Unfinished Nuclear Plant Site Repurposed With Solar Farm

The site of an unfinished nuclear power plant in Tennessee has been newly energized – with solar power. North Carolina-based Birdseye Renewable Energy recently partnered with Georgia-based United Renewable Energy to design and construct a 1 MW solar farm at the site.

According to a press release from United Renewable Energy, construction of the Phipps Bend Nuclear Power Plant kicked off in 1978. Tucked in a bend of the Holston River near Surgoinsville, Tenn., the project was expected to revitalize the area’s economy, and the electricity it generated would reach the entire coverage area of the Tennessee Valley Authority (TVA), the release adds.

Just a few years into the project, energy demand and prices were falling. The release says the partial nuclear meltdown at Three Mile Island also triggered increased citizen concerns along with increased costs to meet new regulatory requirements. The TVA board of directors ceased construction in 1981, and the plant was never operational.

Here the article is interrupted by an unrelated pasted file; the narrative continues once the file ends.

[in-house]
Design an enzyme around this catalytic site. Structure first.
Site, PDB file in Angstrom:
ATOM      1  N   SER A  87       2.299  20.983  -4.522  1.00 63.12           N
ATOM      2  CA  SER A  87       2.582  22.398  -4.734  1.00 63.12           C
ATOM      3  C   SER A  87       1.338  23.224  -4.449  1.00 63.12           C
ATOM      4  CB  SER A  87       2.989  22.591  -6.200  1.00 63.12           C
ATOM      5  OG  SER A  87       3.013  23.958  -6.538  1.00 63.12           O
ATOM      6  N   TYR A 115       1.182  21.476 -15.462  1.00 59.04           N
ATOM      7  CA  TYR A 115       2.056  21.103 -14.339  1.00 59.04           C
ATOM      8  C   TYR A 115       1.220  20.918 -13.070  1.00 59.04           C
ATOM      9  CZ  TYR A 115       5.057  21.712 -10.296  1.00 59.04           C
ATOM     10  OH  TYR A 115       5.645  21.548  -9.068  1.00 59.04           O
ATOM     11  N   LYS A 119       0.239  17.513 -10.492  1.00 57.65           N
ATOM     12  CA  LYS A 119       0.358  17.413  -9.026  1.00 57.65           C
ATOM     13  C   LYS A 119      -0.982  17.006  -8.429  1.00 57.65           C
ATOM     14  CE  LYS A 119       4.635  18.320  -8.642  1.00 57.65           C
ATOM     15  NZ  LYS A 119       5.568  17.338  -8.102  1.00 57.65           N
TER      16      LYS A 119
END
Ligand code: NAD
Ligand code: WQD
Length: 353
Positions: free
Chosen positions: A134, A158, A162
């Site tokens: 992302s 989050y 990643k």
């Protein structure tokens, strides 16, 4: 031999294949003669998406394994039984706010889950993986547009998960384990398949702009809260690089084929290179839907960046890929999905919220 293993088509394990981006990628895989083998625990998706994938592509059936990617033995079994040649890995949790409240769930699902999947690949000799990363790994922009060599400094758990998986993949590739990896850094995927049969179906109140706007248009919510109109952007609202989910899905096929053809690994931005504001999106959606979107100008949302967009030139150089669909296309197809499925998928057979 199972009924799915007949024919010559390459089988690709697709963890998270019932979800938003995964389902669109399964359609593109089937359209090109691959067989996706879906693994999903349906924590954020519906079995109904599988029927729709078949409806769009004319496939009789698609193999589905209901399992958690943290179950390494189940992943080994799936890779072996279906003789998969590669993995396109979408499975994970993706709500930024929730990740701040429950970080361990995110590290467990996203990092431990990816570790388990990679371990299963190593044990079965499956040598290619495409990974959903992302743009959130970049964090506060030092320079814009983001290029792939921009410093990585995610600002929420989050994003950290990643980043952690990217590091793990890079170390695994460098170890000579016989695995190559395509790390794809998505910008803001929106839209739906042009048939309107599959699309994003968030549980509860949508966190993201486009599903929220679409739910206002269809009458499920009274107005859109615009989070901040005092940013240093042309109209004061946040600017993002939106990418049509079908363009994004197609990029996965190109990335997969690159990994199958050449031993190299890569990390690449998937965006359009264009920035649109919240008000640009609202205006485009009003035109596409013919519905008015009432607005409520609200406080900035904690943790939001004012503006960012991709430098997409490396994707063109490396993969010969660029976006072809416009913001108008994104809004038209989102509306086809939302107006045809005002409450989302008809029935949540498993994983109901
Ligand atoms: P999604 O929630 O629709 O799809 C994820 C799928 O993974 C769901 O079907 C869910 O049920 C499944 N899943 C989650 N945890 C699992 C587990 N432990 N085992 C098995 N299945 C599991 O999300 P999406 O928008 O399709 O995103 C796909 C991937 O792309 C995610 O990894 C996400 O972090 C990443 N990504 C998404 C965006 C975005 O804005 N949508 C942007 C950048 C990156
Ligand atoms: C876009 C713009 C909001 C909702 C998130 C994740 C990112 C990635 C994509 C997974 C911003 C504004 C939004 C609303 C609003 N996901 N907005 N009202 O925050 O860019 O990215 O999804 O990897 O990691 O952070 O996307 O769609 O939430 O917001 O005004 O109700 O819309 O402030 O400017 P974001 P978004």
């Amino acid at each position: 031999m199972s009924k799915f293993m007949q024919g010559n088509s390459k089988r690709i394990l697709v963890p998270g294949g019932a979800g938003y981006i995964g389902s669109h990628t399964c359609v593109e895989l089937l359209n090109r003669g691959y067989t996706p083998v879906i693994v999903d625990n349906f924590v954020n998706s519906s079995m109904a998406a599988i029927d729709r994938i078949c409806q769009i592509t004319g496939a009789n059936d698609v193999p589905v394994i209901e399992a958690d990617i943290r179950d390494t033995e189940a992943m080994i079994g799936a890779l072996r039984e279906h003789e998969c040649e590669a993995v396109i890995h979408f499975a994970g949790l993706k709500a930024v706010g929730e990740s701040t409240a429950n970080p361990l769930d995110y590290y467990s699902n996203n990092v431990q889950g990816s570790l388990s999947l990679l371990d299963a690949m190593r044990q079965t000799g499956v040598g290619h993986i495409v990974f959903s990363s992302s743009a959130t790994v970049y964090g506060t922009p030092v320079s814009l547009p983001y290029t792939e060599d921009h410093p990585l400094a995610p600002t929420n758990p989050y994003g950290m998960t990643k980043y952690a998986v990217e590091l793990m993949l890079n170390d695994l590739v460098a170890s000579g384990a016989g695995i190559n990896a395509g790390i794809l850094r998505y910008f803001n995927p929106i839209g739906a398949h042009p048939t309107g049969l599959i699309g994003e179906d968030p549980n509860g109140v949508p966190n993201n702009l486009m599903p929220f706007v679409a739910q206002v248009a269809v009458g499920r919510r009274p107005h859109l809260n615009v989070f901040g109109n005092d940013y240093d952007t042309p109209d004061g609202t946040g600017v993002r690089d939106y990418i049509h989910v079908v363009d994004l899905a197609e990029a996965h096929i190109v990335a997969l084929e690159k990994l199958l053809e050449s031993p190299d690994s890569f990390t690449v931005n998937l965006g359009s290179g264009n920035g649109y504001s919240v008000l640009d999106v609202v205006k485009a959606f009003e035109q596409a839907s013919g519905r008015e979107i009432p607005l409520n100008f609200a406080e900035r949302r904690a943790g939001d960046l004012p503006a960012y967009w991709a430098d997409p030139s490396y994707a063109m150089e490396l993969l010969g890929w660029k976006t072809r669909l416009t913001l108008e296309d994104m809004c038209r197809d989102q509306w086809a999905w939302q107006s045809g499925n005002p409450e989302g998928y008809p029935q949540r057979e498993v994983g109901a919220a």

Although an industrial park was developed nearby in the late 1980s, the release says the plant site was used only for safety training exercises until now. Today, almost 3,000 solar panels sit on four acres just outside the shadows of the gray concrete structures that were abandoned mid-construction. Rows of panels sit atop driven posts that slowly rotate to follow the sun’s path across the sky and maximize the solar energy gathered. The energy is sold to Holston Electric Cooperative as part of TVA’s Distributed Solar Solutions program.

Birdseye Renewable Energy developed and owns the solar project, and United Renewable Energy performed construction.

“It has been a true pleasure working with TVA distributor Holston Electric, the Hawkins County Industrial Development Board and United Renewable Energy. The team worked seamlessly to provide Hawkins County a notable landmark of innovation in the midst of the Phipps Bend Nuclear site. We look forward to future collaborations with TVA,” says Brian Bednar, president of Birdseye Renewable Energy.

“We are proud to work with Birdseye on this exciting project to bring solar energy to east Tennessee. Due to its location, this project visibly demonstrates how clean, efficient solar energy matches other forms of power generation to meet our country’s growing energy needs,” adds Keith Herbs, executive vice president of United Renewable Energy.

Photo courtesy of United Renewable Energy


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